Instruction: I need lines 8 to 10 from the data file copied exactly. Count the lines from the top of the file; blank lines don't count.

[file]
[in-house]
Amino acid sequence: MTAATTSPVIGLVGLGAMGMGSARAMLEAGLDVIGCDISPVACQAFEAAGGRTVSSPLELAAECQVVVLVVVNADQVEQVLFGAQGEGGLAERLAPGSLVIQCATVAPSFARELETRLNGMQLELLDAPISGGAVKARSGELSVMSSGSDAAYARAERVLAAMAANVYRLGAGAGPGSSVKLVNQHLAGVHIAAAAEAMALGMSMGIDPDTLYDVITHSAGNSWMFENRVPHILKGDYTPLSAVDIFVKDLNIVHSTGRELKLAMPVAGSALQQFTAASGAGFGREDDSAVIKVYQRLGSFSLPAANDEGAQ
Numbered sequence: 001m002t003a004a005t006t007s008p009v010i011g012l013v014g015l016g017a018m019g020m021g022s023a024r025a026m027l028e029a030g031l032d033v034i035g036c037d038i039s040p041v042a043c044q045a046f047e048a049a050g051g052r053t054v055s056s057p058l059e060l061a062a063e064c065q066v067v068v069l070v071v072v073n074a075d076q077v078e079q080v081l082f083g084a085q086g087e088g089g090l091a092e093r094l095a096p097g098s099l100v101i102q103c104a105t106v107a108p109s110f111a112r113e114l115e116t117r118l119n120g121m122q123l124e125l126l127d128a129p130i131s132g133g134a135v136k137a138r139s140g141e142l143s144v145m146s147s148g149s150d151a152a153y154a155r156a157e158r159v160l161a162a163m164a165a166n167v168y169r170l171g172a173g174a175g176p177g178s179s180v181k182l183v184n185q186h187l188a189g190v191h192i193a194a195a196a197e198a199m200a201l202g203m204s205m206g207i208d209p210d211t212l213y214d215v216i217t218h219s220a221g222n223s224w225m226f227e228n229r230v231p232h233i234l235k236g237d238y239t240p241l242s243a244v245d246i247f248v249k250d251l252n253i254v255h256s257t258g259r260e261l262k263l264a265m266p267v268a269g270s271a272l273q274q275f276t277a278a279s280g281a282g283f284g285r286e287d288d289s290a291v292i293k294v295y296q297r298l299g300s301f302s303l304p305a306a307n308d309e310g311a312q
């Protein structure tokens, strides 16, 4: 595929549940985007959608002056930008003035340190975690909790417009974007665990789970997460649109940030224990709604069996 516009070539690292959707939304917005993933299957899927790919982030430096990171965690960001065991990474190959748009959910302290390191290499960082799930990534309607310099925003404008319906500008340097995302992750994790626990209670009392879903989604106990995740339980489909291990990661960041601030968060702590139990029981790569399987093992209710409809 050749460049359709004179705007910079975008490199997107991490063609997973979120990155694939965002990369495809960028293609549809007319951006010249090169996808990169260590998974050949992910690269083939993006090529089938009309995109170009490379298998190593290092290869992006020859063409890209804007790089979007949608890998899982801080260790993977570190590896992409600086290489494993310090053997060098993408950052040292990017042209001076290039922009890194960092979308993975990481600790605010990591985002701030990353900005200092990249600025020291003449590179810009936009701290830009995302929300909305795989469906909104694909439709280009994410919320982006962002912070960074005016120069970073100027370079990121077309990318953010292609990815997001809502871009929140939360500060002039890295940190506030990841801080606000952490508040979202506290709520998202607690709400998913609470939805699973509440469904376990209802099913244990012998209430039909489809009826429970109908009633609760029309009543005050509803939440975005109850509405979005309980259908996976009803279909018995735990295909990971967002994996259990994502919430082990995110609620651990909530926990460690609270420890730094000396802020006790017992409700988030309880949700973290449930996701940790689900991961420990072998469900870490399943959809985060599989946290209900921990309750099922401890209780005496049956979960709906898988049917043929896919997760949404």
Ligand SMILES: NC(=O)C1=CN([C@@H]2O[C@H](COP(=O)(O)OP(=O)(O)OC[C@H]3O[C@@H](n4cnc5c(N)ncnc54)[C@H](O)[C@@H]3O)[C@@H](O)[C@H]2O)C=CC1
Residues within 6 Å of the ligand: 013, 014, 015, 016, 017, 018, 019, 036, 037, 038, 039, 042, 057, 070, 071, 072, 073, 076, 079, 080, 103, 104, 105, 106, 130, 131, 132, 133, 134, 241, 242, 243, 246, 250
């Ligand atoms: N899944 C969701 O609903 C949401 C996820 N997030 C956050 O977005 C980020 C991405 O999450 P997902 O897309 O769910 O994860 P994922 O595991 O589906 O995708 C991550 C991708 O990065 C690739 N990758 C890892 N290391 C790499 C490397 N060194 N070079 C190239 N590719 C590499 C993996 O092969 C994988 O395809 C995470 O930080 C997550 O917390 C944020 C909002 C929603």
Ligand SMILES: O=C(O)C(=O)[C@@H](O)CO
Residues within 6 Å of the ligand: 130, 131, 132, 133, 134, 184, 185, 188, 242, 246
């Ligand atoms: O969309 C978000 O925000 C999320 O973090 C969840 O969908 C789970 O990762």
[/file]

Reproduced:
Ligand SMILES: O=C(O)C(=O)[C@@H](O)CO
Residues within 6 Å of the ligand: 130, 131, 132, 133, 134, 184, 185, 188, 242, 246
């Ligand atoms: O969309 C978000 O925000 C999320 O973090 C969840 O969908 C789970 O990762």